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9/10. Complete distal renal tubular acidosis in systemic lupus: clinical and laboratory findings.

    We report two patients with systemic lupus erythematosus (SLE) who were found to have complete (acidotic) distal renal tubular acidosis (DRTA). One patient had nephrocalcinosis and renal magnesium wasting with tetany; the other patient had nephrolithiasis and nephrotic syndrome secondary to membranous glomerulopathy. Both patients had decreased urinary citrate excretion but neither had hypercalciuria. We discuss the association of DRTA with immunologic disorders and the possible role of hypocitraturia in promoting renal calcification in these patients. We suggest that patients with renal calcification be evaluated for DRTA, and that patients found to have DRTA be further evaluated for signs, symptoms, and laboratory evidence of immunologic disorders.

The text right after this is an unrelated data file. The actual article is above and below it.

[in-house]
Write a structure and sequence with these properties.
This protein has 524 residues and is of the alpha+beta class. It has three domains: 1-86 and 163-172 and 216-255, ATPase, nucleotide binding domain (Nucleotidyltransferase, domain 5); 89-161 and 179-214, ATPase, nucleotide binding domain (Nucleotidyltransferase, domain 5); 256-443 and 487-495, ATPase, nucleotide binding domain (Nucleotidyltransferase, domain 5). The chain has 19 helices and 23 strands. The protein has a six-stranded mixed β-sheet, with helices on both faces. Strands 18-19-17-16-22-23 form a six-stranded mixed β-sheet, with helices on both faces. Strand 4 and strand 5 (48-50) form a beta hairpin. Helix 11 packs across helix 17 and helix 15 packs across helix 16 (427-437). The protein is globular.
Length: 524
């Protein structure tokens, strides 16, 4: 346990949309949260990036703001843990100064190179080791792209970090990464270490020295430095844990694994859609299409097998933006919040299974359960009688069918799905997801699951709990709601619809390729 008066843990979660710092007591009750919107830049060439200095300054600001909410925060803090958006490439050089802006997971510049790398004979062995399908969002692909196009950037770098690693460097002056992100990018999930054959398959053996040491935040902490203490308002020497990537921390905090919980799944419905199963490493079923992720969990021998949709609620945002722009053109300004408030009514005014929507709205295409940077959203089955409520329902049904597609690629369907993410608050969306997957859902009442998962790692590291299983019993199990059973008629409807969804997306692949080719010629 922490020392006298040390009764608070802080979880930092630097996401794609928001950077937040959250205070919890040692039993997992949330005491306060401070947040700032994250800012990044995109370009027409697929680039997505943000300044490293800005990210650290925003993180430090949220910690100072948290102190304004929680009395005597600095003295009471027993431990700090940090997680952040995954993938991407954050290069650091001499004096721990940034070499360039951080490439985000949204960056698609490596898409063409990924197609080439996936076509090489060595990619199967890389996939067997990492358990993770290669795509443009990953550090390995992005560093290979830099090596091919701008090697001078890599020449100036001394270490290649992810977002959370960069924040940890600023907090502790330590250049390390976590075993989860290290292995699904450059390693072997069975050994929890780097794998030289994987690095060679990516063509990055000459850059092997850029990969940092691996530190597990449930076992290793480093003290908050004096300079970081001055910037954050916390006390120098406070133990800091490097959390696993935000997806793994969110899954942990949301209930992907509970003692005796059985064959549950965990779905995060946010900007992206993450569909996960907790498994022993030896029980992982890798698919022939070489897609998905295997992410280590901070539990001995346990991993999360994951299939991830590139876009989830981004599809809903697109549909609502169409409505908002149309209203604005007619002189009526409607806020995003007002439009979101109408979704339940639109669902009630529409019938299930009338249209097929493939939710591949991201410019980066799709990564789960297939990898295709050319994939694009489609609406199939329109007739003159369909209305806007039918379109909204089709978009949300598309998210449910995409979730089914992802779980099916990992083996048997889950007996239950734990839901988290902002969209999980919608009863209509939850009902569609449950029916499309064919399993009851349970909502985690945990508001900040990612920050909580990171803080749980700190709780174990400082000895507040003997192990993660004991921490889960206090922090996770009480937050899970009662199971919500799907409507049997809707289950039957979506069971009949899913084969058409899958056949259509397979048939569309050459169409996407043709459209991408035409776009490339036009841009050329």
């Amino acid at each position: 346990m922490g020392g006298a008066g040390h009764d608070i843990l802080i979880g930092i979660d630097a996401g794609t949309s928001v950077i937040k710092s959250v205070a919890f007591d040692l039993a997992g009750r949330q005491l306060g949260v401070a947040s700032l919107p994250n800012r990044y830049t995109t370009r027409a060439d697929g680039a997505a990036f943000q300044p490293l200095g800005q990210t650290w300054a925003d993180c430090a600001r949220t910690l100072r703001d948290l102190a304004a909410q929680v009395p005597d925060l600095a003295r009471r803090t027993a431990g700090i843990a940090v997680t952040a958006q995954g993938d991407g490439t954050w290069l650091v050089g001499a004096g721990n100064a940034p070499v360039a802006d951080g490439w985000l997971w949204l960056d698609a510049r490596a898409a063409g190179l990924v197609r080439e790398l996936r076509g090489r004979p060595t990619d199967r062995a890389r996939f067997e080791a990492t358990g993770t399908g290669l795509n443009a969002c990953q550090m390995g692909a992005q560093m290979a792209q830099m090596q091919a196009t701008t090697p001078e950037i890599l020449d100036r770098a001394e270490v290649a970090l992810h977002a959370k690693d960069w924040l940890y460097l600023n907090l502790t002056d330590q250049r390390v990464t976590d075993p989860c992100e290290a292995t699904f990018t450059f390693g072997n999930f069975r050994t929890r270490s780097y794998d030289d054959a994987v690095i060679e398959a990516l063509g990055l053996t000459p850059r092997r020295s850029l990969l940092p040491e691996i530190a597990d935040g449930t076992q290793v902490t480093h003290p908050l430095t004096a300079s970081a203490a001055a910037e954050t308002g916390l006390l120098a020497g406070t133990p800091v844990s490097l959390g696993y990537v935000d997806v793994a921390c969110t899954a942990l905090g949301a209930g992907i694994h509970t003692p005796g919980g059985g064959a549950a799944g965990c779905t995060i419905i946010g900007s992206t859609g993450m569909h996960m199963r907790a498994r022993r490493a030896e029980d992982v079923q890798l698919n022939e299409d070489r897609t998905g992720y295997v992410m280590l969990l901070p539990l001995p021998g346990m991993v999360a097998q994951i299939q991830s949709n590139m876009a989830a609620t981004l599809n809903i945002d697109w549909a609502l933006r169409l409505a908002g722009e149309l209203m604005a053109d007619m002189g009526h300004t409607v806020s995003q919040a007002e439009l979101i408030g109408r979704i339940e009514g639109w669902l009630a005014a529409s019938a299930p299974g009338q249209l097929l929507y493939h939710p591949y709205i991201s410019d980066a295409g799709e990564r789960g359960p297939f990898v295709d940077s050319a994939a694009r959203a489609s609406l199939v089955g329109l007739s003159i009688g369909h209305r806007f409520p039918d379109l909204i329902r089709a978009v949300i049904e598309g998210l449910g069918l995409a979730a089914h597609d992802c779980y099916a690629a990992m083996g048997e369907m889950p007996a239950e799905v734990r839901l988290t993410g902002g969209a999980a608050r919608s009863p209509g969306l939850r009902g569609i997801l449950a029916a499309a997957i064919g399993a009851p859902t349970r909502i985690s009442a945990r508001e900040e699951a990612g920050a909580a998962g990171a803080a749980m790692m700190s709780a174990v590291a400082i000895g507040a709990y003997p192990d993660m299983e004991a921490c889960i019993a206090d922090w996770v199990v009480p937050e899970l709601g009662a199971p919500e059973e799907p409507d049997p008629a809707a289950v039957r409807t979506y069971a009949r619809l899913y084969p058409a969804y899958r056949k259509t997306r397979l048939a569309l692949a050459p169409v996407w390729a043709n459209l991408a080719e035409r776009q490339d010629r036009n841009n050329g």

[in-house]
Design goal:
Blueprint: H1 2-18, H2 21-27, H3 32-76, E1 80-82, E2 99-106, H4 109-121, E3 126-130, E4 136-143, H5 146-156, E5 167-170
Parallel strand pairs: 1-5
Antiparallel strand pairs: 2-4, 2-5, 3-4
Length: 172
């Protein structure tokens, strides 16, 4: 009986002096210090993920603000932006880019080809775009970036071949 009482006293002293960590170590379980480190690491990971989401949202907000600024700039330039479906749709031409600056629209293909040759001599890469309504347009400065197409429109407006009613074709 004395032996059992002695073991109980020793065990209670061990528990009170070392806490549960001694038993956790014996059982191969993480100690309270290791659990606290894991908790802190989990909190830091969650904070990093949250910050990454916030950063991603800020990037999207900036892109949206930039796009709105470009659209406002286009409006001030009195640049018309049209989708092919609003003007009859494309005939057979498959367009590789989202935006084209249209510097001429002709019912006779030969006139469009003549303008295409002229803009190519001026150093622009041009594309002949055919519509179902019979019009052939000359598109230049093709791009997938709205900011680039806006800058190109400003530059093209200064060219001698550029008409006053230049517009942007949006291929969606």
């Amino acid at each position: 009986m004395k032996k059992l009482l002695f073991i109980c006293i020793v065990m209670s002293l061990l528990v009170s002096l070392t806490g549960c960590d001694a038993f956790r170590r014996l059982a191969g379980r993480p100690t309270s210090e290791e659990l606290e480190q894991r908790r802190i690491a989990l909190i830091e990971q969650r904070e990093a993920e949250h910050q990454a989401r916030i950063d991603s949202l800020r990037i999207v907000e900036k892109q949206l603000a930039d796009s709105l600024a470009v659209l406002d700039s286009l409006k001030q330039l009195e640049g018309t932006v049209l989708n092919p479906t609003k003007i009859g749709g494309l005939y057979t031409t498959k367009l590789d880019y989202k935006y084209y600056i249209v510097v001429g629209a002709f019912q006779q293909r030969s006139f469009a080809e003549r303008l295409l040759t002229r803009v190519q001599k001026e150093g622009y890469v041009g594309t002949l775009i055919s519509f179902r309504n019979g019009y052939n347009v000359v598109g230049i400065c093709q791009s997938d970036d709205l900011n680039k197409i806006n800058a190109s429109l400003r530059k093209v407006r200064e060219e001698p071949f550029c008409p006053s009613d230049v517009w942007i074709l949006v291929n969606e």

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ranking = 0.5
keywords = nephrolithiasis
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10/10. Hypercalciuric rickets: a rare cause of nephrolithiasis.

    An unusual case of rickets associated with hypercalciuria is described. In addition to proteinuria, the patient had phosphaturia, aminoaciduria, renal glucosuria and impaired renal concentration but no renal tubular acidosis. Studies did not support the diagnosis of primary hyperparathyroidism. The findings in the patient were very similar to those in 4 previously reported cases and are suggestive of a new combination of multiple renal tubular defects.
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ranking = 2
keywords = nephrolithiasis